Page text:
AOC CU34G3S 34-inch Curved Gaming Monitor Review: High Contrast, Colorful and Capable

A 1000R curved VA panel with WQHD resolution, 165 Hz, Adaptive-Sync, HDR and wide gamut color.

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All monitors in this comparison group are 34-inch ultra-wide screens, mostly VA, with one IPS panel. In addition to the CU34G3S, we have Cooler Master’s GM34-CW, BenQ’s EX3415R and EX3410R, and the Monoprice 42772. Speeds are either 144 or 165 Hz.

Pixel Response and Input Lag

Click here to read up on our pixel response and input lag testing procedures.

Higher refresh rates deliver smoother motion and lower input lag. But for most players, smoothness is the thing that most impacts the experience. 144 and 165 Hz deliver roughly the same look to the moving image. The top two panels will be slightly better at keeping motion resolution high. But all the displays look solid as long as frame rates stay high. The AOC has the same panel response as most 144 Hz monitors.

In the input lag test, the CU34G3S is in last place with a 32 ms total score. This performance is by no means poor, as anyone with moderate to good skills will find the monitor snappy and eager to play. The top three monitors are over-achievers with low lag despite their 144 Hz maximums. However, the 165 Hz screens aren’t far behind. Again, it comes down to frame rates. If your system can keep the action at 140 fps or higher, you’ll enjoy a great play experience. Professional players may prefer the lower input lag, however.

Viewing Angles

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The CU34G3S’s viewing angles are weakened by its extreme curve and VA panel. The green shift I usually see from VA monitors is there and brightness drops by around 40%. Though there is plenty of width here, I don’t recommend sharing. The curve would distort the image for anyone not sitting at the center. The top view is equally poor, with the same green shift and light reduction. On the upside, detail remains visible in the brightest and darkest parts of the image.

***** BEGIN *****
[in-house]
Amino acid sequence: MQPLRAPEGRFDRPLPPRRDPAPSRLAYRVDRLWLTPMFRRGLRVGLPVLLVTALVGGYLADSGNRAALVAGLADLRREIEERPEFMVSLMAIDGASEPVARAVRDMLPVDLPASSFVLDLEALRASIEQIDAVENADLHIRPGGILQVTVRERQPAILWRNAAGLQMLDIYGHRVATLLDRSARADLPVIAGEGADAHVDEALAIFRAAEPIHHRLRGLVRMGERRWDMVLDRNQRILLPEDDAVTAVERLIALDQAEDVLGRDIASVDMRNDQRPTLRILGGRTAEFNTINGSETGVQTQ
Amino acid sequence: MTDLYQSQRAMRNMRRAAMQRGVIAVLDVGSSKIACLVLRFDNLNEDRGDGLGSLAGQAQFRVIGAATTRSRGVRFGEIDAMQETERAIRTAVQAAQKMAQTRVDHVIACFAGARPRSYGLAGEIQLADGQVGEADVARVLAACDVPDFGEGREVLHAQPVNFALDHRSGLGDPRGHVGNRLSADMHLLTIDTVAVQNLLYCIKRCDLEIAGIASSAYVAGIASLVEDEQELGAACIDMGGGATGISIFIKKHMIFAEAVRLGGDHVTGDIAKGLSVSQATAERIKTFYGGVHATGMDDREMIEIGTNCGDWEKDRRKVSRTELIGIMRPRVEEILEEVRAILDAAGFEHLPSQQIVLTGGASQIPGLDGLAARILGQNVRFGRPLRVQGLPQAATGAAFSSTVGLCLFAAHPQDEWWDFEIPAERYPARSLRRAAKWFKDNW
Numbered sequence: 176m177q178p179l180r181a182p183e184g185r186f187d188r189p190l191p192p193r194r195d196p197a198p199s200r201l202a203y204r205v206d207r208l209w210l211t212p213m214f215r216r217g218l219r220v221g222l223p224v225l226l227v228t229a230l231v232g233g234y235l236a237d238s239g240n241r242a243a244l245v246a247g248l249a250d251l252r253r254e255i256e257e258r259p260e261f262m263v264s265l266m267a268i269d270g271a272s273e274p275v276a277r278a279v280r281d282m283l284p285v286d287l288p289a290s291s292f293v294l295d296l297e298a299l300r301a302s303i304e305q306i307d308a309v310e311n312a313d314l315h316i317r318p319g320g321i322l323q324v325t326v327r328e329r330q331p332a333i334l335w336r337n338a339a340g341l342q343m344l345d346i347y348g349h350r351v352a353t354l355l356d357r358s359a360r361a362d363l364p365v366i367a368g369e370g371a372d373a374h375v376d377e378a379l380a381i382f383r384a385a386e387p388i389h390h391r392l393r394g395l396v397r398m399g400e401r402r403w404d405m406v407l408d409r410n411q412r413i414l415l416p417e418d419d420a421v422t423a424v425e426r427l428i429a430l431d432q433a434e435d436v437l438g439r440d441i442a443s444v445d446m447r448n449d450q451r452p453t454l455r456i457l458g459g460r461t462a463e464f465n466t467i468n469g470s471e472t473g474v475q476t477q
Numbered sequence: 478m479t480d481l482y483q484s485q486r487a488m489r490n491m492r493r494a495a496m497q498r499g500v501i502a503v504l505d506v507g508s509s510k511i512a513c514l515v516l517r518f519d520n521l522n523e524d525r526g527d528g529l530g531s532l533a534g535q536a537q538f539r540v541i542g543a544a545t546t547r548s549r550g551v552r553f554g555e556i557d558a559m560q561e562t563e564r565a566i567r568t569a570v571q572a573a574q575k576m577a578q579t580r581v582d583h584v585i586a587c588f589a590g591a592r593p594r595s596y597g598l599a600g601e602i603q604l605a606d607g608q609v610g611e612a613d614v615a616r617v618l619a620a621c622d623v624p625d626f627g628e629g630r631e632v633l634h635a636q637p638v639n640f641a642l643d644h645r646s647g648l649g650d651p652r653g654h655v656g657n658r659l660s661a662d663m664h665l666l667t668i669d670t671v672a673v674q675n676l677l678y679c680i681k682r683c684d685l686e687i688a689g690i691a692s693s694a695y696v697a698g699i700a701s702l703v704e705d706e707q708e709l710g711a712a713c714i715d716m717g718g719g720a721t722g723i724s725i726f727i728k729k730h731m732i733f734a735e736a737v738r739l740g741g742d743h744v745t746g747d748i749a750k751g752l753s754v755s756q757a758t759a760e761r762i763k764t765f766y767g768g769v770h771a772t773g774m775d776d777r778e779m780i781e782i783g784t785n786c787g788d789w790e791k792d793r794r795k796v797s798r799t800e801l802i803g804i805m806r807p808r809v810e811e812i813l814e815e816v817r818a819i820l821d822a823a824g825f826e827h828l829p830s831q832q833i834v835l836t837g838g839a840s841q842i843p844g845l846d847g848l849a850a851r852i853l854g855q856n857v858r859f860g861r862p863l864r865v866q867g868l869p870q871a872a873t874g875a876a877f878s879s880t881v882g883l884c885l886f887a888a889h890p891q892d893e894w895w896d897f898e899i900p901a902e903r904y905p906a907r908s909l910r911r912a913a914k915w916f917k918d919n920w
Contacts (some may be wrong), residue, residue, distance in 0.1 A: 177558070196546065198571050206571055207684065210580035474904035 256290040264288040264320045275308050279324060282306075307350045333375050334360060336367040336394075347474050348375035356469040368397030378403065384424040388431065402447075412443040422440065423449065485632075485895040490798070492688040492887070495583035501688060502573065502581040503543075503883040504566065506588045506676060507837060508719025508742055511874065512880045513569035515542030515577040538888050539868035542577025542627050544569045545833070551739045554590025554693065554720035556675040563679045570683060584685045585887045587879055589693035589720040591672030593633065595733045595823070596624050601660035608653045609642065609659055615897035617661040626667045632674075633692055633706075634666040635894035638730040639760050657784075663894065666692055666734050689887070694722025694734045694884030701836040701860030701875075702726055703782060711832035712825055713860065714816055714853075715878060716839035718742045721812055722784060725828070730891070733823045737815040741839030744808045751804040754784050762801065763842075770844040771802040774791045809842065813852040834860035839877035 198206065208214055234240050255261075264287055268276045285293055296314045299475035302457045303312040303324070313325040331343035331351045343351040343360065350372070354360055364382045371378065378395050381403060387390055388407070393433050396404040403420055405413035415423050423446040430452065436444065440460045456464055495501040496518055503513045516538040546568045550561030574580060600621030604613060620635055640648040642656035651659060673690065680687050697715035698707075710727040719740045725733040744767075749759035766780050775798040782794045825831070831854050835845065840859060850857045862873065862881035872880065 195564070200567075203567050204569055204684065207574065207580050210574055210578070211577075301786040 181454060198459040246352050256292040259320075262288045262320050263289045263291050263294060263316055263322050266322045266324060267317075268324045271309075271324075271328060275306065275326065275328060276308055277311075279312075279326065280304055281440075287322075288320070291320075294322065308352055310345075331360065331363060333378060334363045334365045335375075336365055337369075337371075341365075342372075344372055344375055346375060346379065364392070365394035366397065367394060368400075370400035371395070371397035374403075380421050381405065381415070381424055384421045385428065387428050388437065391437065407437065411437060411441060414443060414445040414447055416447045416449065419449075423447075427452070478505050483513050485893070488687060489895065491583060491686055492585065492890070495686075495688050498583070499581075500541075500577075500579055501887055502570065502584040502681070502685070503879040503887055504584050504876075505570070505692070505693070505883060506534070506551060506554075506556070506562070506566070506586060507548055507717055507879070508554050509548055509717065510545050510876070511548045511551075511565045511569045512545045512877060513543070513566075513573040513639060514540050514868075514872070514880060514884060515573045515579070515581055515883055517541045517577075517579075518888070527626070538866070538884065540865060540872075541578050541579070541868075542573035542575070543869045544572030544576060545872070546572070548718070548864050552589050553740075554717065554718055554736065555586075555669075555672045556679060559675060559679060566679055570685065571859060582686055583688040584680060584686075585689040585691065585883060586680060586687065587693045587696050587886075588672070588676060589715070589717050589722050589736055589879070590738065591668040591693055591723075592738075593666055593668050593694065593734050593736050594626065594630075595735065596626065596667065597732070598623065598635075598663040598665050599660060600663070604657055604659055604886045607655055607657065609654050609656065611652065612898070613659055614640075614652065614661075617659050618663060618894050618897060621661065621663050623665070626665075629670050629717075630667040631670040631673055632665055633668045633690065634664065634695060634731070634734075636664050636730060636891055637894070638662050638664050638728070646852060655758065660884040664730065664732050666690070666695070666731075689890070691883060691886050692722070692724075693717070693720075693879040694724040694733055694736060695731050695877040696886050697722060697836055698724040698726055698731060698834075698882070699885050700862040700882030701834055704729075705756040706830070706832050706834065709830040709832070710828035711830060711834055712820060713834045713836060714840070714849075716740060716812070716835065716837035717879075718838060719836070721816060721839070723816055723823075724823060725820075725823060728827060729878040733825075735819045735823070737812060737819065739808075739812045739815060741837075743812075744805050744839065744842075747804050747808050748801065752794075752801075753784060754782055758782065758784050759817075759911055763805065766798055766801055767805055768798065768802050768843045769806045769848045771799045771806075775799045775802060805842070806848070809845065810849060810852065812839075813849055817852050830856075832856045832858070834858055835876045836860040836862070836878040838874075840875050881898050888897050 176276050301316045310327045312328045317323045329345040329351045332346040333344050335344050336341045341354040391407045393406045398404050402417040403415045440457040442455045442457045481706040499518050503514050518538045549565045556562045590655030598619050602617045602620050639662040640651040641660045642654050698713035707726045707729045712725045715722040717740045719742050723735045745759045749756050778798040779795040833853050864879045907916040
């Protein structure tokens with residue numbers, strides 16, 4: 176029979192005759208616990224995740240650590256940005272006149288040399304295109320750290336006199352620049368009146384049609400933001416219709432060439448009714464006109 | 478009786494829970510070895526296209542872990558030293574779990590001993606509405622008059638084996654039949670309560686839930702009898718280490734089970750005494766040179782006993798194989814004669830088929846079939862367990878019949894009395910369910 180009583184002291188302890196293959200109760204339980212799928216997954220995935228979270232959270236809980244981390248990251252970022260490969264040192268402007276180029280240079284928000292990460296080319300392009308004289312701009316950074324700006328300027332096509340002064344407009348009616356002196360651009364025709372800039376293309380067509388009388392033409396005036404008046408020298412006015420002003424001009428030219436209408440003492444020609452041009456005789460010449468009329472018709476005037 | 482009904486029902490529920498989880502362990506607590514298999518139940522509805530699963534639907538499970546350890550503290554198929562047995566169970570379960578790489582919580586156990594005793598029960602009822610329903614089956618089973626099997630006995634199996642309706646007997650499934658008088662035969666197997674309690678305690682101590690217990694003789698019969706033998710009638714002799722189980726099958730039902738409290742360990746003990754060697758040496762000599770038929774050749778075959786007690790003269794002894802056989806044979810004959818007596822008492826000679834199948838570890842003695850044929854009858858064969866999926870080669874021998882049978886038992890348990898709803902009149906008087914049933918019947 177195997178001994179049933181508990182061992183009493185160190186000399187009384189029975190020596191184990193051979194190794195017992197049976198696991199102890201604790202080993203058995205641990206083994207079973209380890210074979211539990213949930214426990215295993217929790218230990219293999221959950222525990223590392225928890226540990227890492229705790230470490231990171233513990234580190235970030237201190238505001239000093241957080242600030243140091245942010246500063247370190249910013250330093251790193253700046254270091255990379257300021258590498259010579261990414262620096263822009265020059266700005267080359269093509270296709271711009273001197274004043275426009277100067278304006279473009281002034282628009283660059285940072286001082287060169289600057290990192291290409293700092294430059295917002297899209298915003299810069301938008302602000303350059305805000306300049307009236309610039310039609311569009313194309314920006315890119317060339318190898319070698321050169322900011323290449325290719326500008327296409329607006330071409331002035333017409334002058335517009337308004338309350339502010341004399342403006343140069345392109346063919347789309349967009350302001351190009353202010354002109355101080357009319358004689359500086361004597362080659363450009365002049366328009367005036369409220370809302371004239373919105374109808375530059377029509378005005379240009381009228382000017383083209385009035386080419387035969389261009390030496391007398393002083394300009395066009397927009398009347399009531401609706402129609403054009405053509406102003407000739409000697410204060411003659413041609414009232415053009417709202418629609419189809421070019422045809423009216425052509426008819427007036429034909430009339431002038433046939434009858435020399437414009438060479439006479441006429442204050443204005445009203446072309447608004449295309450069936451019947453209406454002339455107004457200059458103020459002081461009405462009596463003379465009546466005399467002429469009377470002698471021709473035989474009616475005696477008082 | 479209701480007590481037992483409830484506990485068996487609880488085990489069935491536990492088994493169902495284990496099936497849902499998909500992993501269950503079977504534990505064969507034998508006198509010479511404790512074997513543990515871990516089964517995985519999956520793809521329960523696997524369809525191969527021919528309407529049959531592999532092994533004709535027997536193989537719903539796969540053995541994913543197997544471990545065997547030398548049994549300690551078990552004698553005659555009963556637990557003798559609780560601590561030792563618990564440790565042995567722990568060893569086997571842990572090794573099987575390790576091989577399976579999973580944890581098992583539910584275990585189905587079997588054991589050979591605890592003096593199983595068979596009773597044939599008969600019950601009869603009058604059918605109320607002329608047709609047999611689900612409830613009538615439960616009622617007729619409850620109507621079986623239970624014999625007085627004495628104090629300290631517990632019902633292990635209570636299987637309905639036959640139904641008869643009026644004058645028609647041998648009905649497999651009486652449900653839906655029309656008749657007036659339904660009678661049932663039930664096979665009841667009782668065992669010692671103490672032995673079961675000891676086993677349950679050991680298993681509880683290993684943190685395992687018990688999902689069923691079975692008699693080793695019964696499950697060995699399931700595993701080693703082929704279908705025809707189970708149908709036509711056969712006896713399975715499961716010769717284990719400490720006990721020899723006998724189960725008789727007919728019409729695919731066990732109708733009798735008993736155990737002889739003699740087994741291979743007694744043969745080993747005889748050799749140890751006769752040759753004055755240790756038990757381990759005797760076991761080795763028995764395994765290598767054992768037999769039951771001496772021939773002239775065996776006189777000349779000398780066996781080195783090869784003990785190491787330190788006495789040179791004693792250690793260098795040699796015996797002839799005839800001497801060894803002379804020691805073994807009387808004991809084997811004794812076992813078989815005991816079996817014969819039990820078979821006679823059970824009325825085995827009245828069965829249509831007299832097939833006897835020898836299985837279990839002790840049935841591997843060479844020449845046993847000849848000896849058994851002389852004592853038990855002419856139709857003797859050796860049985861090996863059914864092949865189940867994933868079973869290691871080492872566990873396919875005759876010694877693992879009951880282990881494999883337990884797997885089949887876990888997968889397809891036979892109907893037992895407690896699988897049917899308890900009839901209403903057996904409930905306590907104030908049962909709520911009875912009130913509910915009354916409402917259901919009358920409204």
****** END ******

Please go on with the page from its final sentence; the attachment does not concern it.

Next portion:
Screen Uniformity

To learn how we measure screen uniformity, click here.

(Image credit: Tom's Hardware)

My CU34G3S sample showed very good uniformity except for slightly visible hotspots in the upper left and lower right corners. These issues couldn’t be seen in anything but a black field pattern. Shadowed areas in graphical content looked smooth-toned. Color and white uniformity were visually perfect.

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Christian Eberle
Contributing Editor

Christian Eberle is a Contributing Editor for Tom's Hardware US. He's a veteran reviewer of A/V equipment, specializing in monitors. Christian began his obsession with tech when he built his first PC in 1991, a 286 running DOS 3.0 at a blazing 12MHz. In 2006, he undertook training from the Imaging Science Foundation in video calibration and testing and thus started a passion for precise imaging that persists to this day. He is also a professional musician with a degree from the New England Conservatory as a classical bassoonist which he used to good effect as a performer with the West Point Army Band from 1987 to 2013. He enjoys watching movies and listening to high-end audio in his custom-built home theater and can be seen riding trails near his home on a race-ready ICE VTX recumbent trike. Christian enjoys the endless summer in Florida where he lives with his wife and Chihuahua and plays with orchestras around the state.